Posted on September 27, 2017
We’re excited to present our third interview with one of our citizen scientists that we have the privilege of working with to collect important data about water resources in the Kathmandu Valley! Hope you enjoy 🙂
Q: What is your name? A: My name is Pawan Giri.
Q: How old are you? A: I’m 21 years old.
Q: Where were you born? A: I was born in Tikabhairab , Lalitpur.
Q: Where do you live in the Kathmandu Valley? A: I live in Tikabhairab, in the Lalitpur District.
Q: Can you walk us through a typical day of life? What are the activities you’re doing? A: I don’t have a job currently, but S4W has provided me with a part time job as a citizen scientist.
Interviewer’s Note: S4W-Nepal is thankful for the opportunity to provide small employment opportunities to people like Pawan in a way that adds value to their lives, improves our understanding of Nepal’s water resources, and thus benefits society in general.
Q: Can you tell us a little bit about your family? A: I have one sibling, a younger sister. I live with my father, mother, and her.
Q: What is (or was) your favorite subject in school? A: Nepali is my favorite subject.
Q: Can you tell us about a favorite moments of yours? A: My favorite moments of my life are from when I was in school.
Q: How did you hear about the S4W-Nepal project? A: I met some members of the S4W team while they were completing a flow measurement in the Nakkhu River near my house. They described the project to me, and when I learned that there was an opportunity to participate, I eagerly joined the movement as a citizen scientist.
Interviewer’s Note: Within the Kathmandu Valley, the Nakkhu River is one of most “pristine” watersheds remaining. Population in the lower watershed is growing quickly and agricultural diversions have greatly increased in the last 10 to 20 years. Many locals recall the times when they used to swim and fish in the Nakkhu River at the Nakkhu Pul (i.e. bridge) upstream of the confluence with the Bagmati river, even in the dry season. Now, the river is essentially dry for several months of the year.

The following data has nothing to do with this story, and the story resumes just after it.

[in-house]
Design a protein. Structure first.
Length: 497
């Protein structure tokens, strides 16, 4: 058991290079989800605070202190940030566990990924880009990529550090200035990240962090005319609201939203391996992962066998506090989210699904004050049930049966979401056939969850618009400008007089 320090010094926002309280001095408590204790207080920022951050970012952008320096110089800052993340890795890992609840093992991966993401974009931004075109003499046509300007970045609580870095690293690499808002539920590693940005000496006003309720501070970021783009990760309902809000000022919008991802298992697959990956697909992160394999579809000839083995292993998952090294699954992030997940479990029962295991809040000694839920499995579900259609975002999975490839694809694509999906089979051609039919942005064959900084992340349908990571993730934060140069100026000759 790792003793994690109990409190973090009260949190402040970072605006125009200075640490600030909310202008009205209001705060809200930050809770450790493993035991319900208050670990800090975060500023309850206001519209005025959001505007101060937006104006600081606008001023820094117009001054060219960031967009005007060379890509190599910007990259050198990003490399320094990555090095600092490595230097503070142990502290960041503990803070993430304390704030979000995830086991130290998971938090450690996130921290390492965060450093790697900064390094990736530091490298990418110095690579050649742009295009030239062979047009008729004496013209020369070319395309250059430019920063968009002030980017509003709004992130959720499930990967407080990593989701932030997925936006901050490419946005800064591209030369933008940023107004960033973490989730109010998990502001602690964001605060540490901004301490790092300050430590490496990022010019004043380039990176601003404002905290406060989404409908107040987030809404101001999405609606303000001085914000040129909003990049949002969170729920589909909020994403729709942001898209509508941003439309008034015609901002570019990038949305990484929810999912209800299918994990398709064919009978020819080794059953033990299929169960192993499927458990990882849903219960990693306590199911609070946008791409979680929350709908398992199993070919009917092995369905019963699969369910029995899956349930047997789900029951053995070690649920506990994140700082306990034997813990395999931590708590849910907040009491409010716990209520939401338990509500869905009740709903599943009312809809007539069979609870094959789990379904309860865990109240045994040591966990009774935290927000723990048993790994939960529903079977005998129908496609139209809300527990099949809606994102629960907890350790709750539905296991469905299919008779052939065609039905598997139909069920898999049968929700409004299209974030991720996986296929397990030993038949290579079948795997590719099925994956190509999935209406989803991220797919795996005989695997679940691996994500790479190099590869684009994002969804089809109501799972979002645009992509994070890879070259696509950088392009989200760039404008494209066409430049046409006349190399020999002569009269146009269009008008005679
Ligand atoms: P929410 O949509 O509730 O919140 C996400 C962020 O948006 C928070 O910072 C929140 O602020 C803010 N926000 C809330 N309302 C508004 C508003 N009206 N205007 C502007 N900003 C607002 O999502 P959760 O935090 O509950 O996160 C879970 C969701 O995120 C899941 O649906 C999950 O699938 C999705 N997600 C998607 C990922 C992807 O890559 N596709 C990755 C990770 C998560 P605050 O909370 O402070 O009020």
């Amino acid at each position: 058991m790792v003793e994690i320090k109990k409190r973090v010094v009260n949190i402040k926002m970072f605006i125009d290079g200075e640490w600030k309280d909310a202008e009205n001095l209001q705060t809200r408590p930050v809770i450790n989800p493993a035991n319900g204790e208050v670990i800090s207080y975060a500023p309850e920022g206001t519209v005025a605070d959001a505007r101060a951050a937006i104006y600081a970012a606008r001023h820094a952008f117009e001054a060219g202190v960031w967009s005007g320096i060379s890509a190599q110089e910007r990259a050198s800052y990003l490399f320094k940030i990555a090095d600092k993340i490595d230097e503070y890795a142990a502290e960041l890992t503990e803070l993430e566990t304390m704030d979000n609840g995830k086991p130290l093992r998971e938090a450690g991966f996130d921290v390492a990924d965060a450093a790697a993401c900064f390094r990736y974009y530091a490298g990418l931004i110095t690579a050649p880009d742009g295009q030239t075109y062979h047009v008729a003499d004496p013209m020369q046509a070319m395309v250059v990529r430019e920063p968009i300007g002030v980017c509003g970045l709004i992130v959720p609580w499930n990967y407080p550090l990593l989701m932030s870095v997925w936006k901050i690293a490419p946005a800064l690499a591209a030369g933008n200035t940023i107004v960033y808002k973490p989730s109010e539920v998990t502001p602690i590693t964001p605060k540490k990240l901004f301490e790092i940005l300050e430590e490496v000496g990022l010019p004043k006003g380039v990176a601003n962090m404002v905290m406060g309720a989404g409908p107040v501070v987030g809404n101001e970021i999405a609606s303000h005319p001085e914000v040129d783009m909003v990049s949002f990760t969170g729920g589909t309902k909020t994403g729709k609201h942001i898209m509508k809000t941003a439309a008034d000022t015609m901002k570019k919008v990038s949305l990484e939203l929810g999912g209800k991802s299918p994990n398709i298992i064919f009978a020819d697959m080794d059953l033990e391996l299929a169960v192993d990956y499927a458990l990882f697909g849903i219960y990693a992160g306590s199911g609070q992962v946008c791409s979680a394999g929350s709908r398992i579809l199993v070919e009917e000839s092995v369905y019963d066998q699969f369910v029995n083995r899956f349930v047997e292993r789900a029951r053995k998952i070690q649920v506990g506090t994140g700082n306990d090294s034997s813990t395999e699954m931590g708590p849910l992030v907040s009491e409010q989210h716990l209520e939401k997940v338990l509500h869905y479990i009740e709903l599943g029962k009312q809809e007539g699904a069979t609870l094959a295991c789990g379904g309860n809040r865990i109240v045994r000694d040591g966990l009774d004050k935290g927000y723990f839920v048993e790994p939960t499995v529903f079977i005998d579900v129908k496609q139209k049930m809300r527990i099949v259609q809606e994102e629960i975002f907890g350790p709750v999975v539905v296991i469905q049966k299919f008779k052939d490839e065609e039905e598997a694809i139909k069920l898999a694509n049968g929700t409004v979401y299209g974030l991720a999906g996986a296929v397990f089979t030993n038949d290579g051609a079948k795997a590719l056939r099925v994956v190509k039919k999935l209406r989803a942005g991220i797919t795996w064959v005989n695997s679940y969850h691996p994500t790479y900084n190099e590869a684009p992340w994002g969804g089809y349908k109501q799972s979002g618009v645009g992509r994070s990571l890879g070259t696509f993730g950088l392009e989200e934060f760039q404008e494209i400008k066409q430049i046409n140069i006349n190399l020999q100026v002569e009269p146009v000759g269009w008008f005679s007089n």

Q: What has been your experience as a citizen scientist with S4W so far? A: It has been fun to learn about water resources. I have been involved in this project as a citizen scientist and it’s been a great experience for me. I am collecting precipitation, water level, and water quality data. I believe preserving groundwater for the future is important.
Pawan is playing a critical role in S4W-Nepal as a citizen scientist. Each day, Pawan uses an Android application called Open Data Kit (ODK) to record rainfall collected by an inexpensive locally made rain gauge (each costs about $1.50) and to record water level as seen on a gauge installed in the Nakhhu River near his house. Pawan is motivated to participate in the project because he feels a sense of responsibility and because he can earn an extra 65 rupees (roughly $0.65) every day through recording observations of precipitation, water level, and water quality (25 rupees are awarded for every precipitation measurements and 40 rupees for water level, temperature, and electrical conductivity (EC) measurements).
S4W-Nepal is a collaboration between S4W-USA, Himalayan Bio-Diversity and Climate Change Center (HimBioCliCC), Tribhuvan University Institute of Engineering (TU IoE), Kathmandu Institute of Applied Sciences (KIAS), Delft University of Technology, the Swedish International Development Agency, and Stockholm University. Water is our most precious resource. Lord Kelvin, a famous Scottish mathematician, once said, “you can’t manage a resource you don’t measure.” S4W-Nepal’s goal is to generate the data necessary to support wise water management decisions. S4W aims to accomplish this with a three pronged approach of Research, Education, and Employment. This project in the Kathmandu Valley is our first project.